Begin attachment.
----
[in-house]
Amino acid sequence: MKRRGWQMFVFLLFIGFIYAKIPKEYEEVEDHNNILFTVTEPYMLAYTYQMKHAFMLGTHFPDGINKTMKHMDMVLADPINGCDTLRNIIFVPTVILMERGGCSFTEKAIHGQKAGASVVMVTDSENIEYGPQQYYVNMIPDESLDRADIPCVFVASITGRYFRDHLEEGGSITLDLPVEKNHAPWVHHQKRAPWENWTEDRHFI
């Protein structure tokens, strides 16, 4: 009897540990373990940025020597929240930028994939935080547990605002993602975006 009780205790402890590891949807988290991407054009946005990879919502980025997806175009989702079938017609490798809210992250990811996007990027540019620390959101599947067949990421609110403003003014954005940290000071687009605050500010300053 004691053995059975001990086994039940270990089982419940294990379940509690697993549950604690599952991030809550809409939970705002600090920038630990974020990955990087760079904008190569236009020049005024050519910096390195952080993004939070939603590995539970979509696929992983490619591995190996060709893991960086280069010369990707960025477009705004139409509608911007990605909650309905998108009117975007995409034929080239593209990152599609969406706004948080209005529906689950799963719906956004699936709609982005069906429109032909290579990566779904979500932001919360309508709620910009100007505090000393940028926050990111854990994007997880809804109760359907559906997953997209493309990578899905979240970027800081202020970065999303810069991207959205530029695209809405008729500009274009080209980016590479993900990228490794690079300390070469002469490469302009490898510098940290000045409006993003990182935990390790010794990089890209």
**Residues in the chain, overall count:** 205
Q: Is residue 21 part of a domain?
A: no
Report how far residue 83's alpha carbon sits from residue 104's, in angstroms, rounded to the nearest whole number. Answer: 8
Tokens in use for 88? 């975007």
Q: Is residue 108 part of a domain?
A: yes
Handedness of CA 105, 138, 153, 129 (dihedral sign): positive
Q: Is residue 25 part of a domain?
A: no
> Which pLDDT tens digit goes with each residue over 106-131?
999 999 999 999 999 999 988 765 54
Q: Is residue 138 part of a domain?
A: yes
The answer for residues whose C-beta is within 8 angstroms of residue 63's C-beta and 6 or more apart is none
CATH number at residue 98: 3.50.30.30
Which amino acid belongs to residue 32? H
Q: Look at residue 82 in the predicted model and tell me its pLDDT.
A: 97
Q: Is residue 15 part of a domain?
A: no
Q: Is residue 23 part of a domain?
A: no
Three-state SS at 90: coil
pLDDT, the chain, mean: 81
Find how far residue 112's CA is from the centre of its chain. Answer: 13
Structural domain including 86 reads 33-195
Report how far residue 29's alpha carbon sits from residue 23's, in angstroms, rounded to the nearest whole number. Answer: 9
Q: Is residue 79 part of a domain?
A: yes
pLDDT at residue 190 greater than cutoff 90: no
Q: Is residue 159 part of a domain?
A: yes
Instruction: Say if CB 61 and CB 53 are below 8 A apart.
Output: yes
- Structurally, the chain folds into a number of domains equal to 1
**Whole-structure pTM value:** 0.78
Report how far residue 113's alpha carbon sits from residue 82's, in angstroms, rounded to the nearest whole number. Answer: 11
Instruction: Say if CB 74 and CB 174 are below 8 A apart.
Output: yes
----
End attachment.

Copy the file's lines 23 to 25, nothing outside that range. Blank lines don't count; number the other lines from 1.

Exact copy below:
Q: Is residue 15 part of a domain?
A: no
Q: Is residue 23 part of a domain?